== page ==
Similarly, it is not at all concealed in Israel that its invasion of Lebanon in 1982 was undertaken in part to destroy the secular nationalism of the PLO, becoming a real nuisance with its persistent call for a peaceful diplomatic settlement, which was undermining the U.S.-Israeli strategy of gradual integration of the occupied territories within Israel. One result was the creation of Hizbollah, an Iranian-backed fundamentalist group that drove Israel out of most of Lebanon. For similar reasons, Israel supported fundamentalist elements as a rival to the accommodationist PLO in the occupied territories. The results are similar to Lebanon, as Hamas attacks against the Israeli military become increasingly difficult to contain. The examples illustrate the typical brilliance of intelligence operations when they have to deal with populations, not simply various gangsters.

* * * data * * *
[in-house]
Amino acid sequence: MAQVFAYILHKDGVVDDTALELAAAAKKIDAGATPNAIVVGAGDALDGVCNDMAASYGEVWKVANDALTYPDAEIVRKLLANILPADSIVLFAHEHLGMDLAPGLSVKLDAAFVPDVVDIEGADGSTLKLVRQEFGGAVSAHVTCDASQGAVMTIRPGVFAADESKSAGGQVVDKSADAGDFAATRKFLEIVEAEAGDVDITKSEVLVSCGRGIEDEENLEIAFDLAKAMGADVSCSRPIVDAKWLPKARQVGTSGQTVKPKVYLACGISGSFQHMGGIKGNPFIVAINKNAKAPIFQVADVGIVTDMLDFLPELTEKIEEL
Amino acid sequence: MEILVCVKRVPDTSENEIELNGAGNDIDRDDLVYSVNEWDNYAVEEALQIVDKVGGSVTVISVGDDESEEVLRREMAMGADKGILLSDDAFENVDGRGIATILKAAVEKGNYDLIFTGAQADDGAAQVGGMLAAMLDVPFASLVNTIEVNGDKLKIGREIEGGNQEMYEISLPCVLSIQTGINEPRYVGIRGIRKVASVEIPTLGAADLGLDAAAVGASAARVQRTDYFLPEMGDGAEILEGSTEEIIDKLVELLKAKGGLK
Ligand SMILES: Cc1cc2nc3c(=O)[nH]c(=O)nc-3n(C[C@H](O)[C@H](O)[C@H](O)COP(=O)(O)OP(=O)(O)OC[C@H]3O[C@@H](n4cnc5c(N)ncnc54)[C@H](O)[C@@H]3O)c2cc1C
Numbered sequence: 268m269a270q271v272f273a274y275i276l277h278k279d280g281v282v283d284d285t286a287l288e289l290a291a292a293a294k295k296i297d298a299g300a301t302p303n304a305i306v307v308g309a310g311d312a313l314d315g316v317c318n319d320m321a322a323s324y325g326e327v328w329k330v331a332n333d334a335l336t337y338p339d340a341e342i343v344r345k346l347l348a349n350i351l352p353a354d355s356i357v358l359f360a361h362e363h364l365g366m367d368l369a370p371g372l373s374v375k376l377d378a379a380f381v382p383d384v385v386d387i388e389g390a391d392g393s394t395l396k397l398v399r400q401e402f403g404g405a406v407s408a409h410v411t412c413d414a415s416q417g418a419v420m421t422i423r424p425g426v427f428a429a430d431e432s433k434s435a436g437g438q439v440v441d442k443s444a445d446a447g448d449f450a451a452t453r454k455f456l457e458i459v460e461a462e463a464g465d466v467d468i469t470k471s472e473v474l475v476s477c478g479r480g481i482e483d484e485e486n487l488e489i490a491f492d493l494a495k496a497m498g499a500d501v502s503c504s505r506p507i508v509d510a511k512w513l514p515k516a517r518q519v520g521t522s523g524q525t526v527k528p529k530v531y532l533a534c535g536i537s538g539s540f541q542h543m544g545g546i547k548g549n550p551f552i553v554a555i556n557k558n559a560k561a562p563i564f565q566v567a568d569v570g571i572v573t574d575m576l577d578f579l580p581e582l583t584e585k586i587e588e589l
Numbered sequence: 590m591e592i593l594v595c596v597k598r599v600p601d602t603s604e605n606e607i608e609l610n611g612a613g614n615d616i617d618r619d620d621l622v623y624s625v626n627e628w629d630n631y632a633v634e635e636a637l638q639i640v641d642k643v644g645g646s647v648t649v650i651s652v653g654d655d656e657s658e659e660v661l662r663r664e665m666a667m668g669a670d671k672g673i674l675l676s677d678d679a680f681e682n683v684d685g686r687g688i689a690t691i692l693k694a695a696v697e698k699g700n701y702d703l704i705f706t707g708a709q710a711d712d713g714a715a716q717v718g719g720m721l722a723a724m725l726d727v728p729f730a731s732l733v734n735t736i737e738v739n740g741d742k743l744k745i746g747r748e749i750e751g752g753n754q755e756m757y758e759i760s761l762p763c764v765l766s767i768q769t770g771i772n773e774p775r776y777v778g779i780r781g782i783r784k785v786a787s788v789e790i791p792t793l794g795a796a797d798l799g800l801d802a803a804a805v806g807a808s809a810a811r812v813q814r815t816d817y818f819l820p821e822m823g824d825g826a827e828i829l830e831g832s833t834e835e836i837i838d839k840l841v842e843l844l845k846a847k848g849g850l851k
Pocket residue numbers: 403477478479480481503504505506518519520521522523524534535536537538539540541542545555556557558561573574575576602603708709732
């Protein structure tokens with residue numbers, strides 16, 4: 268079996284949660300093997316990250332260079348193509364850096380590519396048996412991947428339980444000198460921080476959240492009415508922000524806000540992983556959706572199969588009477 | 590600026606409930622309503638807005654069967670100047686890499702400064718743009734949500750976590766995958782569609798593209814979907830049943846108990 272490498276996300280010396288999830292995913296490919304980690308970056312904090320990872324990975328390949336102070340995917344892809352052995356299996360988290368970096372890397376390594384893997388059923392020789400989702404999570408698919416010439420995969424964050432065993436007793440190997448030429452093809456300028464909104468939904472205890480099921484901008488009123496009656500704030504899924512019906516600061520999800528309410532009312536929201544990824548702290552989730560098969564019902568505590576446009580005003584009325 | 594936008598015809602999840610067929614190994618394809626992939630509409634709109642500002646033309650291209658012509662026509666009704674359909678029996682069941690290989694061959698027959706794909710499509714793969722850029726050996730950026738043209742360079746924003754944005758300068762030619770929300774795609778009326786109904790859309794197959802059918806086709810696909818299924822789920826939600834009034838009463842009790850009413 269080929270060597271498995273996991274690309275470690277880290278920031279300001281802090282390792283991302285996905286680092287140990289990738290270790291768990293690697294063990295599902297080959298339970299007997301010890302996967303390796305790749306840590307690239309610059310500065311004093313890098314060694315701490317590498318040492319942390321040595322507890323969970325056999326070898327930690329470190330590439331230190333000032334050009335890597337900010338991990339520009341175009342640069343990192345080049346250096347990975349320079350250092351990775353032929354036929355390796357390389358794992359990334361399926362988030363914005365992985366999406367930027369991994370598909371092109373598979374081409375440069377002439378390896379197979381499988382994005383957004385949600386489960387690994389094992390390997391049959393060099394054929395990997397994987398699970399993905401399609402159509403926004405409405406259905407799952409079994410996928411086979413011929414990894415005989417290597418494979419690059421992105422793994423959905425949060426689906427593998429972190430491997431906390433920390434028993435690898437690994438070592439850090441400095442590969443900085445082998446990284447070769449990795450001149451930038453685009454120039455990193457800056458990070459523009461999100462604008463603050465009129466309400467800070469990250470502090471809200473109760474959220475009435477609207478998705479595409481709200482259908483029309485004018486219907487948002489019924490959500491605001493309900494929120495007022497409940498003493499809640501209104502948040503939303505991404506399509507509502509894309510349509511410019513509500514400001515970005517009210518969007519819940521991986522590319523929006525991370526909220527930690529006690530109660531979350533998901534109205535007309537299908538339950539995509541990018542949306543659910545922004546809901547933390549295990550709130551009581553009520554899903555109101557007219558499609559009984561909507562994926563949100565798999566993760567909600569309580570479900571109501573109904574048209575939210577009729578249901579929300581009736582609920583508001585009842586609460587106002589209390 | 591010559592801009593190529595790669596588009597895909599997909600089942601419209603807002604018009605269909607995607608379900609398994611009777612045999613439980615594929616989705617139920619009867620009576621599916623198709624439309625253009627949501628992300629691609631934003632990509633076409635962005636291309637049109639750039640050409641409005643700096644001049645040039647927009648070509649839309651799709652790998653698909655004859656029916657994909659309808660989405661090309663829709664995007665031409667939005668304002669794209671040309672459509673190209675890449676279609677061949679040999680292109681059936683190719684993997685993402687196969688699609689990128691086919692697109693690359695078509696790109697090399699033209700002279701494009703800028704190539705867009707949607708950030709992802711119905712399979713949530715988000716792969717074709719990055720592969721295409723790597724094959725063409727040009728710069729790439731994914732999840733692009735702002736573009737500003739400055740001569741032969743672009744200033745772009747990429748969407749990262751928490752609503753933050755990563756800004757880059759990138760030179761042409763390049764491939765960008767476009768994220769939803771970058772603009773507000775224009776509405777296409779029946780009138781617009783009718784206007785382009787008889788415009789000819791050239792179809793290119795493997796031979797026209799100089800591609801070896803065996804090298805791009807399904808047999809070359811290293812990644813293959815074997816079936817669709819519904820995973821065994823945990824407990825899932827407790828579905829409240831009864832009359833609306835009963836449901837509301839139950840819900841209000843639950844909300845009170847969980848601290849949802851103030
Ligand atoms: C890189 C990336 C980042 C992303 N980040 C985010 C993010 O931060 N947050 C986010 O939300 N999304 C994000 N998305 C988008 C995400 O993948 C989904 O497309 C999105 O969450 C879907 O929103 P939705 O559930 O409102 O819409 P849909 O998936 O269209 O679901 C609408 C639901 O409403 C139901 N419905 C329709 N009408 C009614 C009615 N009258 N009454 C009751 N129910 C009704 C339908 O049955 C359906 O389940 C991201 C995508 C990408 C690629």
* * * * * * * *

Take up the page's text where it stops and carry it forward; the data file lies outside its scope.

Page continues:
The basic reasoning goes back to the early days of Zionism: Palestinian moderates pose the most dangerous threat to the goal of avoiding any political settlement until facts are established to which it will have to conform.
In brief, Islamic fundamentalism is an enemy only when it is “out of control.” In that case, it falls into the category of “radical nationalism” or “ultranationalism,” more generally, of independence whether religious or secular, right or left, military or civilian; priests who preach the “preferential option for the poor” in Central America, to mention a recent case.